Previous COMCOL Conferences
In 2019 COMCOL had a pre-conference in Nara from 29-31 August before heading off to Kyoto for the General ICOM conference: Museums as Cultural Hubs: The Future of Tradition from 1-7 September.
The Call for paper for this conference can be found here. Please note that the call has closed.
For more on the triennial, registrations and travel info visit the ICOM Kyoto website here
The COMCOL’s 2018 Annual Conference was celebrated in North America for the first time. We partnered with the Federation of International Human Rights Museum (FIHRM), the City of Human Rights Education (TheCoHRE) and the Canadian Museum for Human Rights (CMHR), who was also our host.
During the three days, the presentations and panels tackled a vast array of issues around the challenges of acknowledging events in the past to bring about change for the future. The cases presented examples from all over the world on meaningful collaborations between museum professionals and their various communities, from indigenous peoples to the LGBTQ+ community.
Together we explored how collections and collecting can promote human rights, equality, provoke empathy, and facilitate meaningful dialogue leveraging the soft powers of museums.
The conference started with a traditional ceremony performed by Elder Kelly to honor and recognize the land of the five indigenous inhabitants: the Anishinaabe, Mushkegowuk, Dakota, Dene, and Métis, on which the museum is situated. After which we had the opening speeches from Mayor Brian Bowman, the president of CMHR Dr. John Young, David Flemming (FIHRM) and Danielle Kuijten (COMCOL).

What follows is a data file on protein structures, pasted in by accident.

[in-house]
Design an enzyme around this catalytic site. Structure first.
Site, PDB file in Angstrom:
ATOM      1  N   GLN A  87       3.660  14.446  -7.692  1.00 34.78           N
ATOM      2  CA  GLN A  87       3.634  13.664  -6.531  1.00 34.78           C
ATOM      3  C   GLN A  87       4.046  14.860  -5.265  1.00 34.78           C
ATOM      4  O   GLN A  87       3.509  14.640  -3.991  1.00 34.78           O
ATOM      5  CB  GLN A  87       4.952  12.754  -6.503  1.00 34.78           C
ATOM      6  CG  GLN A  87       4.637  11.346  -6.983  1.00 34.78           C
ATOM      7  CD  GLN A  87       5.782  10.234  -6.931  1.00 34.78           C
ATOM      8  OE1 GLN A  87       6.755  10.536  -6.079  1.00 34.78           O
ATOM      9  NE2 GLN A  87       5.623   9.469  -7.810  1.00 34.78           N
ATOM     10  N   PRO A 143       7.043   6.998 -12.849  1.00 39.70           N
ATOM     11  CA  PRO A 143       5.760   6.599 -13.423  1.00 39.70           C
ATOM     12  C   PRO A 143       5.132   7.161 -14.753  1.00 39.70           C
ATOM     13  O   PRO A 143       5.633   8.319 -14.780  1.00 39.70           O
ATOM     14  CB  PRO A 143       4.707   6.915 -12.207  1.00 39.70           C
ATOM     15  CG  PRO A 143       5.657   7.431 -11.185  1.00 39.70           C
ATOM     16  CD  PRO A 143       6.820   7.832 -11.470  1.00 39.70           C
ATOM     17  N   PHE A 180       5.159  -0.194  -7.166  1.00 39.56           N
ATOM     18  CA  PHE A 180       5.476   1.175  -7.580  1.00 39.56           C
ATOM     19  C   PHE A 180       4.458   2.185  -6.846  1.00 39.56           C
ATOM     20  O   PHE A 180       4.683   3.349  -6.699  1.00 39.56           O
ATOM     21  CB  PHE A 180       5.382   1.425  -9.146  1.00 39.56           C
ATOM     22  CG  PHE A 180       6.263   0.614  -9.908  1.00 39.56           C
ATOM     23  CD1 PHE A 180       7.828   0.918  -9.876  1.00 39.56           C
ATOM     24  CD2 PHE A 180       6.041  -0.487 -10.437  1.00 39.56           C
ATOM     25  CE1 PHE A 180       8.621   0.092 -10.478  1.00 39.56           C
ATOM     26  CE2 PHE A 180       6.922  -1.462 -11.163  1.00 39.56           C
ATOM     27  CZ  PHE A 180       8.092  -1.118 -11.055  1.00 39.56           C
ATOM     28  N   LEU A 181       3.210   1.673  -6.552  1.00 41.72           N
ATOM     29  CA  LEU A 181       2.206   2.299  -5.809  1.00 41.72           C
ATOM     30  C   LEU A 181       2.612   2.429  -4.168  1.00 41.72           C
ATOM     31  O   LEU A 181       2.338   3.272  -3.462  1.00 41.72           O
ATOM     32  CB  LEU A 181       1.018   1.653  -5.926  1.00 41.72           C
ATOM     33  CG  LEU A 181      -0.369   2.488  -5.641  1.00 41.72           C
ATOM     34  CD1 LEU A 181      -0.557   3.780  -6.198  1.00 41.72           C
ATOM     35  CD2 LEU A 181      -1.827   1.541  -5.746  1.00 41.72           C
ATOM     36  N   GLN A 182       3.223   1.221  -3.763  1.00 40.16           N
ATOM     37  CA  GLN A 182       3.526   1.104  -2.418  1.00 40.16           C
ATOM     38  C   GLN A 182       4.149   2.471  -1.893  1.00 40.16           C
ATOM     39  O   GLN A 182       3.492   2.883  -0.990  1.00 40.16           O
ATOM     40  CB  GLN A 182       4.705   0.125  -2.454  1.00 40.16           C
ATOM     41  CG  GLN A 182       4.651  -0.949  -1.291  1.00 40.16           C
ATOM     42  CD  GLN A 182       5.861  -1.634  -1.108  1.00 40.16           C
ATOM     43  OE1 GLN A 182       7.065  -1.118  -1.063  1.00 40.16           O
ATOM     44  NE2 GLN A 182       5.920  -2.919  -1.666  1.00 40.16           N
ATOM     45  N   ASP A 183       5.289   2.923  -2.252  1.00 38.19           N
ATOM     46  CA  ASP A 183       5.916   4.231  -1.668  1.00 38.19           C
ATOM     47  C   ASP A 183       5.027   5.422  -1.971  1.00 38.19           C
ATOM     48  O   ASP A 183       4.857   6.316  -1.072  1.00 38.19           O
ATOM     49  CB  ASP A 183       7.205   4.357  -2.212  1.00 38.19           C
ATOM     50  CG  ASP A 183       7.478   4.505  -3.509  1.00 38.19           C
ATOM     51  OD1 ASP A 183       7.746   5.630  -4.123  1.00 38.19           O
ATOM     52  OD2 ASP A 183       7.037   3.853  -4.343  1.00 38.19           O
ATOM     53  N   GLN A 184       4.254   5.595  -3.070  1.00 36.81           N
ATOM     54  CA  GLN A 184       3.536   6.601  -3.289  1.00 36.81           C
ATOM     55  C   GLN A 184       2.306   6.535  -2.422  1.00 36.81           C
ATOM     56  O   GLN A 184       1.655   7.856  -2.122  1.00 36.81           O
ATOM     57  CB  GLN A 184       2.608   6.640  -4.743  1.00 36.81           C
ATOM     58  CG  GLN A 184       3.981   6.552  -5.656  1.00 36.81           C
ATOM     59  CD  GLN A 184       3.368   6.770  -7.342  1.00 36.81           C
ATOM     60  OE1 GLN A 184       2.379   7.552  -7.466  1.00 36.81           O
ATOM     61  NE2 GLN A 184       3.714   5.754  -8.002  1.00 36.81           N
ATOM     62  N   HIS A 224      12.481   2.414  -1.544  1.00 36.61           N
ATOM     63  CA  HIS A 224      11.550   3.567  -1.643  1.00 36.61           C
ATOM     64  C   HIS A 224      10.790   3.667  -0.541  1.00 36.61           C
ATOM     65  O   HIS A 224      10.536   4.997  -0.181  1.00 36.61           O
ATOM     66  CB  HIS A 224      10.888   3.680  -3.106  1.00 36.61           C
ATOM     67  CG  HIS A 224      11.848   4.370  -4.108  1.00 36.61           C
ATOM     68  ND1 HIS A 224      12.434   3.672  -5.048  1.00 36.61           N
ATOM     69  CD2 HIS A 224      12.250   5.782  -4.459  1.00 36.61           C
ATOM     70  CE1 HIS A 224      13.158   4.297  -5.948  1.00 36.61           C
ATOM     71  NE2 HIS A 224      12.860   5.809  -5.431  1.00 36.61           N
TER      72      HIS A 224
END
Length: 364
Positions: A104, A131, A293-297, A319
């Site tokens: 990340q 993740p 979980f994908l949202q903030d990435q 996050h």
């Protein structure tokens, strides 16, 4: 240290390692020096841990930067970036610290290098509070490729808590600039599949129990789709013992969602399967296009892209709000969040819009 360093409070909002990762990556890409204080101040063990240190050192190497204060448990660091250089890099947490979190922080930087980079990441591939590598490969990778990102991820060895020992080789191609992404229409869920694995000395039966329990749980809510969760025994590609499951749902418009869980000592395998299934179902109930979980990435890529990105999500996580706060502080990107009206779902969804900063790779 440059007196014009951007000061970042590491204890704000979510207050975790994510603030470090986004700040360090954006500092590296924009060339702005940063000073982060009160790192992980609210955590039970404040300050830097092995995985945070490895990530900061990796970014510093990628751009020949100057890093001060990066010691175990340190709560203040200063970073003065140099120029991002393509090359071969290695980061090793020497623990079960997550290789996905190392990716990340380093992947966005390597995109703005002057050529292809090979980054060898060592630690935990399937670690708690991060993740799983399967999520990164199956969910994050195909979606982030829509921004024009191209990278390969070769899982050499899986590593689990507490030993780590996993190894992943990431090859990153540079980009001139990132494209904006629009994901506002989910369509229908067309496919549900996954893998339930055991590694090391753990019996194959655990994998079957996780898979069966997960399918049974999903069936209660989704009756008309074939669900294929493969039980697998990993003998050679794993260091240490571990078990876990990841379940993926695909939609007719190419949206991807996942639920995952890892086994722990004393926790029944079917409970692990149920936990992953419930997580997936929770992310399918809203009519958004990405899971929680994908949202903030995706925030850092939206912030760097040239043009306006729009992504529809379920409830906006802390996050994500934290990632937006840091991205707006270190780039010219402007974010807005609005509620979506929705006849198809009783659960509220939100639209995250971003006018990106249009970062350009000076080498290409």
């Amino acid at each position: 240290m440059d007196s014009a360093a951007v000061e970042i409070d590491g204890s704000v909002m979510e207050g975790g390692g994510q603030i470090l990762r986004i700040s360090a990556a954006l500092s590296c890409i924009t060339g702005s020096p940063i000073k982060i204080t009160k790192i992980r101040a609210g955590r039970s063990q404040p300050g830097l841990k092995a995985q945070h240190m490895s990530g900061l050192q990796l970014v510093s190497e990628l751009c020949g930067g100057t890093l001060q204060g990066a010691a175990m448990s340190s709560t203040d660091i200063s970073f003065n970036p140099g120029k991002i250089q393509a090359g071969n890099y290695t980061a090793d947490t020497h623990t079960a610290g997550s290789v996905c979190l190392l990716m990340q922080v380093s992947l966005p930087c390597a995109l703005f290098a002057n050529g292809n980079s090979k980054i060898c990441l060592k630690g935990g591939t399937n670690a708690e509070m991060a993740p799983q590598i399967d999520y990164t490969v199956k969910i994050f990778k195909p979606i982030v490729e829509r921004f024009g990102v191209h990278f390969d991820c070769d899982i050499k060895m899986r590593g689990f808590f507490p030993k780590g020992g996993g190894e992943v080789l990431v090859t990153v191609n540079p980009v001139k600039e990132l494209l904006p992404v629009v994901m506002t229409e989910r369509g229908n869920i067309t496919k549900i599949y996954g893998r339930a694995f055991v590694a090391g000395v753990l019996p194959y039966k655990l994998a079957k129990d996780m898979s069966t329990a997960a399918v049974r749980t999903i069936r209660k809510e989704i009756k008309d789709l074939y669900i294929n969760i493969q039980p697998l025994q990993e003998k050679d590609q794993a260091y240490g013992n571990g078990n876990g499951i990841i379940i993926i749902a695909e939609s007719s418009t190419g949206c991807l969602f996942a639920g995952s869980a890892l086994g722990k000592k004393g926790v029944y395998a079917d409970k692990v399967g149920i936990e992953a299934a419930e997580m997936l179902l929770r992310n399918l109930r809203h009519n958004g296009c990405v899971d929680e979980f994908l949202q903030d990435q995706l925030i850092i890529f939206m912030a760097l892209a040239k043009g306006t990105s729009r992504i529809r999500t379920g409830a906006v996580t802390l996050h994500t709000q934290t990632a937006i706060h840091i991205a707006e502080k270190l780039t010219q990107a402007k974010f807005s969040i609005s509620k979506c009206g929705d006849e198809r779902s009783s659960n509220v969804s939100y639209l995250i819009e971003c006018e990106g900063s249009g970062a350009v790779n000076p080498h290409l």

COMCOL’ s 2017 Annual Conference was jointly organized with DOSS (Contemporary Collecting Sweden, previous Samdok), Norsam (Nordic network for contemporary collecting and research at museums), and ICOM Sweden. Ten years after the Connecting Collecting conference in Stockholm, which was the starting point for COMCOL, we returned to Sweden. From 5–9 December we will be hosted at the Västerbottens Museum in Umeå.
The contemporary collecting collaboration Samdok brought in the 1970:s innovation to museum work. Samdok argued over the years for a more problem-oriented way of working, studying the present day to arrive at descriptions of social and cultural processes, emphasizing the importance of both the historical and contemporary contexts. In the course of time, Samdok became a forum for scholarly discussions on contemporary culture and society, a forum for professional development and further education, sharing experiences of the empirical, methodological and theoretical dimensions of the creation of collecting and collections.
During the conference we connected to the legacy of Samdok, focusing on collecting the present; connecting the present with historical collections and collections with communities. We have a closer look at good practices in museums concerning collecting and collections, practices that are possible to develop further. Furthermore, we touched upon collections and difficult narratives. As our diverse societies today put different demands on our collections, collecting strategies and presentations, it has become impossible to speak about cultural heritage without asking the questions: Which heritage? Whose? So how can (contested) collections be revisited? How can we create democratic collections? Which new approaches to museum ethics can be used, and how can contemporary practices and collecting address or add to the discussion around difficult heritage?
See the full program here. On our Facebook page you can find the pictures.
The Call for Papers can be found here. Please note that the call has closed.